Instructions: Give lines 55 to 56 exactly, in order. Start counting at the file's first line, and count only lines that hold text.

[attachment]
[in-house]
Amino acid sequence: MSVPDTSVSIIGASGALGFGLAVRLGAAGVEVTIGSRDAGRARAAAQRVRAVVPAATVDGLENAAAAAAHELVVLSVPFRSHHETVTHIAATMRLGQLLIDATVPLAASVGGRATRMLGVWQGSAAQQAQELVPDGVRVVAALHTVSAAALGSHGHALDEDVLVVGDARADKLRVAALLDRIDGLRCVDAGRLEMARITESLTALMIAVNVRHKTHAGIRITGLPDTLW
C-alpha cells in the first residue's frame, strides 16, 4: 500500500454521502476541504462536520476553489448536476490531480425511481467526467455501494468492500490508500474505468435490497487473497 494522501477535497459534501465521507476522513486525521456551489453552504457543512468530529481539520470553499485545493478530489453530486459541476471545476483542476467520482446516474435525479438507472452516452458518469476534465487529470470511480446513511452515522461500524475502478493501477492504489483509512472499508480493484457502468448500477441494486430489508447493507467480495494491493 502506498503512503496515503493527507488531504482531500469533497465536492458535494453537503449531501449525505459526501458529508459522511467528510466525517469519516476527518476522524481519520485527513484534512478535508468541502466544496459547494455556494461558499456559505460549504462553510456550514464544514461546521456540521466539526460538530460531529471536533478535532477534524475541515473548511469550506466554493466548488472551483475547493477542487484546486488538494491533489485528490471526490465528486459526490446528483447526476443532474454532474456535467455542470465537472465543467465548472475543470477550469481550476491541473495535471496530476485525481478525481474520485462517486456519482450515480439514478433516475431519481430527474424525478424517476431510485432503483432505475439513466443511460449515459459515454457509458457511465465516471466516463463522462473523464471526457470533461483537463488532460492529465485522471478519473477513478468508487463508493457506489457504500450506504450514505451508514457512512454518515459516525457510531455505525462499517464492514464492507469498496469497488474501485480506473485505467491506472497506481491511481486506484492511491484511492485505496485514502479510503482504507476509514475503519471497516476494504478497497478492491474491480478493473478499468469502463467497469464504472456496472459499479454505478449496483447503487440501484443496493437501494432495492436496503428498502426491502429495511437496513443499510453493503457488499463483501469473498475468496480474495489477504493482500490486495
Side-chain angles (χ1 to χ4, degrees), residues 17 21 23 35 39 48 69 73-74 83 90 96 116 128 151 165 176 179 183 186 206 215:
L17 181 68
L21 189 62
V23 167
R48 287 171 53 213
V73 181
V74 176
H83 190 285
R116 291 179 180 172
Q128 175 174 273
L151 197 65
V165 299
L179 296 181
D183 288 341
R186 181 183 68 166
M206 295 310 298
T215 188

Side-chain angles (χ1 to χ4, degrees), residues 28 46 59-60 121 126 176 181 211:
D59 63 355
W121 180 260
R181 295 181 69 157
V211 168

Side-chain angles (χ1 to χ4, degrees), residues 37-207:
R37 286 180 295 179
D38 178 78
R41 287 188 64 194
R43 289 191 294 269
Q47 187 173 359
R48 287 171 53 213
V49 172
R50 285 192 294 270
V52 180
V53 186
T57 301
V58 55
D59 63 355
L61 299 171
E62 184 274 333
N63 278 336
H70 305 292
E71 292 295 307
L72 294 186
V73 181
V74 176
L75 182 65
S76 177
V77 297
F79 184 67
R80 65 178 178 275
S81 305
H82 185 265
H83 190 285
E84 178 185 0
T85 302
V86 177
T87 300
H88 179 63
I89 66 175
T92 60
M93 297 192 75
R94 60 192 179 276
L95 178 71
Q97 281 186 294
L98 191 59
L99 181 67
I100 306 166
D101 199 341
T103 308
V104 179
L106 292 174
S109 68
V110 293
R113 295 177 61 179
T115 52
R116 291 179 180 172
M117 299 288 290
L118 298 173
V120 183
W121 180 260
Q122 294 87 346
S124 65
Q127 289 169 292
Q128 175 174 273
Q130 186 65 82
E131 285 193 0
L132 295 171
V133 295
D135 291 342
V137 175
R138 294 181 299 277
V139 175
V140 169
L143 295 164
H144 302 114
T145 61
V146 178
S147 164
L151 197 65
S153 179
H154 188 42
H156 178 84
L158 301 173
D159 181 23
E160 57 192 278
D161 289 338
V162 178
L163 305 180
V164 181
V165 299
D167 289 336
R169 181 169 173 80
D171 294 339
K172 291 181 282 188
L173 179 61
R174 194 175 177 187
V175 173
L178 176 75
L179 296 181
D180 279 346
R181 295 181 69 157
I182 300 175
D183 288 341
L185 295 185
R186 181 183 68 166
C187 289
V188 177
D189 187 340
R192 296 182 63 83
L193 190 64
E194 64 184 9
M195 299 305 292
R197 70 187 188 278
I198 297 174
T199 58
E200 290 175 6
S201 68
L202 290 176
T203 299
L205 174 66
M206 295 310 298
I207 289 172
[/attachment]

H83 190 285
E84 178 185 0